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I have a .NET assembly that (for reasons outside my control) must be in the GAC. However, the same assembly is used by another program, which has a its own copy of an older version of the same assembly. It must use its own copy and not whatever is in the GAC. Proper versioning is probably more hassle than it's worth in this case, for reasons I won't go into. My questions is: is there anyway to tell .NET: just use THIS DLL, right here in this directory - ignore whatever you find in the GAC or anywhere else.

7 Answers 7

50

Make sure the GAC Assembly and local Assembly have different version numbers (not a bad idea to let your build number, at least, auto-increment by wild-carding your AssemblyVersion in AssemblyInfo: [assembly: AssemblyVersion("1.0.0.*")] ). Then, redirect your assembly binding using your app's config:

In your case, you won't need the "appliesTo" attribute of the assemblyBinding config. You just need something like:

<runtime>
    <assemblyBinding xmlns="urn:schemas-microsoft-com:asm.v1">
        <dependentAssembly>
            <assemblyIdentity name="YourAssembly" publicKeyToken="AAAAAAAAAAAA" culture="neutral"/>
            <bindingRedirect oldVersion="0.0.0.0-5.2.1.0" newVersion="5.0.8.1"/>
        </dependentAssembly>
    </assemblyBinding>
</runtime>
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  • 3
    Can you avoid using this binding redirect by recompiling the app to use the new version of the dll, or is some config change always necessary?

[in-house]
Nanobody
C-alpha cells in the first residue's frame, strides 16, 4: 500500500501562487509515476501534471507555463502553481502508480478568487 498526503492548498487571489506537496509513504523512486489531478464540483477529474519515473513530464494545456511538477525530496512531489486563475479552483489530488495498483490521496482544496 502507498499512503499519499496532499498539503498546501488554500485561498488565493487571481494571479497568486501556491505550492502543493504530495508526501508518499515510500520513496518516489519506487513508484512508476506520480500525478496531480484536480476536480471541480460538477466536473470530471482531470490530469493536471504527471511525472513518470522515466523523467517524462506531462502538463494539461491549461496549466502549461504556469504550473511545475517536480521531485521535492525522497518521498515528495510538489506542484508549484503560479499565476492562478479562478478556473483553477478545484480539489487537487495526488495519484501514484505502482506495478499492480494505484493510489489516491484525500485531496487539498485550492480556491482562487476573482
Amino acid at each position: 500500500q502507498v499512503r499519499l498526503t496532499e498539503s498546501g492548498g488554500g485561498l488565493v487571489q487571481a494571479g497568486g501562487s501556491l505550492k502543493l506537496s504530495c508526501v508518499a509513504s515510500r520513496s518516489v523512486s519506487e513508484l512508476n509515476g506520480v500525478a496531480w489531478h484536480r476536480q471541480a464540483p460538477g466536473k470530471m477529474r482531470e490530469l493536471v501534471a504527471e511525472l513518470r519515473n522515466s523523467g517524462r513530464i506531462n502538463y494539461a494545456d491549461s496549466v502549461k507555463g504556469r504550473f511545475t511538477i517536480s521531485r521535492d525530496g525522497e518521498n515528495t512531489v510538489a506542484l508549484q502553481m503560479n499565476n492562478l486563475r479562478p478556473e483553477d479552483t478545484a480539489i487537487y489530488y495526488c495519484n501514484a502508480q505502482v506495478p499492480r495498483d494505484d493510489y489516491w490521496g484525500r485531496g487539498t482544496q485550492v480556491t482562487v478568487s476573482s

– Dan
    May 21, 2010 at 14:25
  • Setting the revision part of your version number to * does not make it auto-increment. The MSDN documentation on AssemblyVersionAttribute indicates that it should be random, but in practice Visual Studio uses the number of seconds since midnight divided by 2. May 3, 2011 at 13:52
  • So, what you're saying is each assembly will be re-versioned on each build even if it has no changes, just so we can break dependency on GAC? What's the assembly binding redirect for? The only thing i can think of is that it could be used on prod so that if your project references 5.0.8.3453 instead of 5.0.8.1 in GAC just because you were re-versioning it on dev w/o making changes, it will be redirected to 5.0.8.1. Is that right? Clunky, but I don't see another way around this. Jul 7, 2011 at 18:43
  • 1
    I am confused. This article says its possible aip.im/2013/04/…
    – Niloofar
    Jan 16, 2017 at 7:40
34

If they have the same version number the answer is you can't. If you attempt to load an assembly that has the same full assembly name (name, version, key) as a GAC'd assembly the CLR will pick the GAC'd assembly every single time.

5
  • 1
    I don't know who downvoted this, but I experience the same thing what @JaredPar says and it drives me crazy. It is loaded from the GAC. I have two assemblies with the same full name, and I want to load my slightly modified one. PITA.
    – Csaba Toth
    May 21, 2013 at 23:35
  • have you tried this? aip.im/2013/04/…
    – Niloofar
    Jan 16, 2017 at 7:40
  • 1
    You could modify the dll using something like DNSPY so it has a different signature and version. A bit hackish but it will work.